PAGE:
Physical Exposure to Drought
Drought is a phenomenon that affects more people globally than any other natural hazard. Unlike aridity, which refers to a semi-permanent condition of low precipitation (desert regions), drought results from the accumulated effect of deficient precipitation over a prolonged period of time.
The units used in this product refer to the expected average annual population (2010 as the year of reference) exposed (inhabitants). The dataset includes an estimate of the annual physical exposure to drought. It is based on three sources:
Tropical Storm Risk Zones
This map was derived from the Munich Reinsurance Company's World Map of Natural Hazards and shows tropical storm intensity based on the five wind speeds of the Saffir-Simpson Hurricane Wind Scale.
Sixteen years of wildfires in Asia-Pacific
Wild land fires and other biomass fires annually burn a total land area of between 3.5 and 4.5 million km2, equivalent to the surface area of India and Pakistan together, or more than half of Australia. This makes it one of the most spatially prevalent hazards after drought.
Volcanic Explosivity in Asia-Pacific
This map shows the density of volcanic eruptions based on the explosivity index for each eruption and the time period of the eruption. Eruption information is spread to 100km beyond point source to indicate areas that could be affected by volcanic emissions or ground shaking.
Earthquake Intensity Risk Zones
This map shows earthquake intensity zones in accordance with the 1956 version of the Modified Mercalli Scale (MM), describing the effects of an earthquake on the surface of the earth and integrating numerous parameters such as ground acceleration, duration of an earthquake, and subsoil effects. It also includes historical earthquake reports.
• Typhoon MATMO made landfall in the afternoon of 22 July (UTC) in eastern Taiwan's Taitung County. A few hours before landfall, at 12.00 UTC, it had max. sustained winds of 158 km/h. After landfall it crossed Taiwan, weakening, and moved into the Taiwan Strait, towards eastern mainland China.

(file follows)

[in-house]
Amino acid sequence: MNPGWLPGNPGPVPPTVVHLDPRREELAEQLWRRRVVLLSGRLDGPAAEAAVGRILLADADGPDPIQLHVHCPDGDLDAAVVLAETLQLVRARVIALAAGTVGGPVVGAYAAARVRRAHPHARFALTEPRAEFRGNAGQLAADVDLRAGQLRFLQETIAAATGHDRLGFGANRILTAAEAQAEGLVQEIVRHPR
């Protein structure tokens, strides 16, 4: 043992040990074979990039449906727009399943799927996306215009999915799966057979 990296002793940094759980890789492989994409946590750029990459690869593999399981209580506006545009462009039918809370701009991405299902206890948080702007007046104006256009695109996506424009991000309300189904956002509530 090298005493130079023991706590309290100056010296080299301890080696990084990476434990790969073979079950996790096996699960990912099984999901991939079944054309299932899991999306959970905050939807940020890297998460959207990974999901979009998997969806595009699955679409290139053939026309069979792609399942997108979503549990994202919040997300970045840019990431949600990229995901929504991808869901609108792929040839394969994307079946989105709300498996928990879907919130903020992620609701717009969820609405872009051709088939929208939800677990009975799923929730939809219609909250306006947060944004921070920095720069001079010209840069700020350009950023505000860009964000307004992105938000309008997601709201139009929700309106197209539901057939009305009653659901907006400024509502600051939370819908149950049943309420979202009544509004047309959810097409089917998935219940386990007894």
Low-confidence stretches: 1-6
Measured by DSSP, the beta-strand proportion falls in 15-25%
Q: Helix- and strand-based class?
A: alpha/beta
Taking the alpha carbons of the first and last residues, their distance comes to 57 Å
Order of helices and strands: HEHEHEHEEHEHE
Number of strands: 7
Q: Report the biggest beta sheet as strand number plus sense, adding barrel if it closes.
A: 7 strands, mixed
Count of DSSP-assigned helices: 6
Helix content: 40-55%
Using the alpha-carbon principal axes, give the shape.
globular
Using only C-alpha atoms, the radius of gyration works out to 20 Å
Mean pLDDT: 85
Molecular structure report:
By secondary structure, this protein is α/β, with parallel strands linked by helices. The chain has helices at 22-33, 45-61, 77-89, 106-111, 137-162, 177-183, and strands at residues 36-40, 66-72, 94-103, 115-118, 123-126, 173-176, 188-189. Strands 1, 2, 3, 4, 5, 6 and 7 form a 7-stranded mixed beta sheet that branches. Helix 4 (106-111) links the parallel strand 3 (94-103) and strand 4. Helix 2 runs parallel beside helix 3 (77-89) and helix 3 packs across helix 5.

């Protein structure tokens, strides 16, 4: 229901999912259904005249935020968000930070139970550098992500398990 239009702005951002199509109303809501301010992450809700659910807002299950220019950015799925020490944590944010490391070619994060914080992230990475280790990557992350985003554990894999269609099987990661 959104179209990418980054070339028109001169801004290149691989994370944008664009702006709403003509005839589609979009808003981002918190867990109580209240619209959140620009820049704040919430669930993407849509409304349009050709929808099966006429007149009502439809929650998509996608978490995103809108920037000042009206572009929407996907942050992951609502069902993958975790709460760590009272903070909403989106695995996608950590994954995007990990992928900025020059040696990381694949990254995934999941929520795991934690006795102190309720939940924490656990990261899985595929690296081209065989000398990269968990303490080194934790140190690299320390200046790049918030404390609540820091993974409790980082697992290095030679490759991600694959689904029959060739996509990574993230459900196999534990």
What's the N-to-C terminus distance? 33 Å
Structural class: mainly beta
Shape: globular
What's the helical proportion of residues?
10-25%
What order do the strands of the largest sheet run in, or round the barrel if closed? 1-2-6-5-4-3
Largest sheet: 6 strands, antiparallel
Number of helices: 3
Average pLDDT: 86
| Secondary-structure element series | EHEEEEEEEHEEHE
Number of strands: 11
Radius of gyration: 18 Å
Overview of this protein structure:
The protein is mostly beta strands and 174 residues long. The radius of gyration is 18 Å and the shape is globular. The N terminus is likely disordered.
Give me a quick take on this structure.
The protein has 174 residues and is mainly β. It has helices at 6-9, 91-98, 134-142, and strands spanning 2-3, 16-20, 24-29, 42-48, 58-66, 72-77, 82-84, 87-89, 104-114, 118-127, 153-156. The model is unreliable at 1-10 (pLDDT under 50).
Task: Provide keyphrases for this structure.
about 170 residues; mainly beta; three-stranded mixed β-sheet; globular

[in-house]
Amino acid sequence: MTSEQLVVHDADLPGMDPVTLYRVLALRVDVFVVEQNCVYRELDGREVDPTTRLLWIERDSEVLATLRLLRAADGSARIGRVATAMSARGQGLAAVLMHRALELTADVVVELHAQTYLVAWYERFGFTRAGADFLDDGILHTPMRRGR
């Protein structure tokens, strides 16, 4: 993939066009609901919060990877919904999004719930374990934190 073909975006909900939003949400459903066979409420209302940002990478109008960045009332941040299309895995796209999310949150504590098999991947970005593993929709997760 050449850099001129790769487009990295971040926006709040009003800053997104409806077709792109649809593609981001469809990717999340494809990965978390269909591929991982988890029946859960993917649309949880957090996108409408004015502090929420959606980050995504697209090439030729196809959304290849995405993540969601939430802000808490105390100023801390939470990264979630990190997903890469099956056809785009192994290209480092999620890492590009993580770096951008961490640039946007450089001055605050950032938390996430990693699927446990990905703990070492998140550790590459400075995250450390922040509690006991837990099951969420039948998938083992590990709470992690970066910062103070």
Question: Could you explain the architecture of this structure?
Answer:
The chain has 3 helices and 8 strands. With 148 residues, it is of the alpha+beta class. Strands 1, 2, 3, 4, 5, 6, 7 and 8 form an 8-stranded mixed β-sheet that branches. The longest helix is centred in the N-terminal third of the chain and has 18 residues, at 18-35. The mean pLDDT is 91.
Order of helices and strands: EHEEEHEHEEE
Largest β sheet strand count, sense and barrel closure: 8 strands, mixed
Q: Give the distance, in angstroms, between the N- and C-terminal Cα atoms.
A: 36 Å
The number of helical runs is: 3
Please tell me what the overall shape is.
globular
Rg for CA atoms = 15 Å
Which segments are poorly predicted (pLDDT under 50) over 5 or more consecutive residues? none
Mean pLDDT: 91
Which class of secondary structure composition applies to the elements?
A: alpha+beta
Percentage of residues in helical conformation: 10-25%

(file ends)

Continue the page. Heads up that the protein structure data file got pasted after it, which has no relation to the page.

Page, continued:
• In the morning of 23 July (UTC) it made landfall in the coastal area of Fuqing, near Putian, in Fujian Province (China) as a “Severe Tropical Storm” (China Meteorological Administration - CMA); then it moved inland weakening.
• On 22 July, 6.00 UTC, Typhoon MATMO had max. sust. winds of 158 km/h and its centre was located over the Philippine Sea, approx. 150 km north-east of Itbayat island (Batanes, Philippines) and 180 km south-east of Taitung (Taiwan).
• In the next 24 h it is forecast to continue moving north-west, making landfall in the area between Taitung and Hualien (eastern Taiwan) on 22 July afternoon (UTC), then cross Taiwan, slightly weakening, and reach the coast of the Chinese province of Fujian, near Fuzhou, in the morning of 23 July (UTC).
• PHILIPPINES: as of 21 July (NDRRMC), there were 97 dead, 437 injured, six missing, 1 600 298 people affected in seven regions, 518 764 people inside 1 264 evacuation centres and 111 372 houses damaged.
• CHINA: as of 21 July, the government reports nine dead in Guangxi, 13 in Hainan and four in Yunnan; 25 people are missing.
• VIETNAM: as of 21 July, media report 11 dead in Vietnam, several people missing and damages in several provinces of northern Vietnam. In terms of damage, the province of Quang Ninh has been affected the most.
Powerful Typhoon USAGI (named “ODETTE” in the Philippines) passed between Philippines and Taiwan on 21 Sep, making landfall in Itbayat Island (Batanes, Philippines). Strong winds and heavy rains affected Philippines and Taiwan (see impact in the map).
- USAGI (named “ODETTE” in the Philippines) has become a powerful Typhoon, heading NW towards Batanes islands (Philippines). At 06:00 UTC 20 Sep, it had a max sust. wind speed of 249 km/h and its center was located ca. 270 km ESE of Basco (Batanes islands, Philippines).
• At 06:00 UTC 20 Aug, TRAMI had a max. sust. wind speed of 101 km/h (Tropical Storm).
• According to 06:00 UTC 20 Aug data, in the next 24/36h its center is forecast to move NW, passing Yaeyama and Miyako islands (Japan), strengthening and pass very close/over N tip of Taiwan on 21 Aug, then move towards Fujian province (China).
Saola formed as a tropical depression over the western Pacific Ocean on July 28, 2012, and strengthened to a tropical storm the same day, Unisys Weather reported. By July 30, Saola was a typhoon, and the U.S. Navy’s Joint Typhoon Warning Center (JTWC) reported that the storm had maximum sustained winds of 65 knots (120 kilometers per hour) with gusts up to 80 knots (150 kilometers per hour).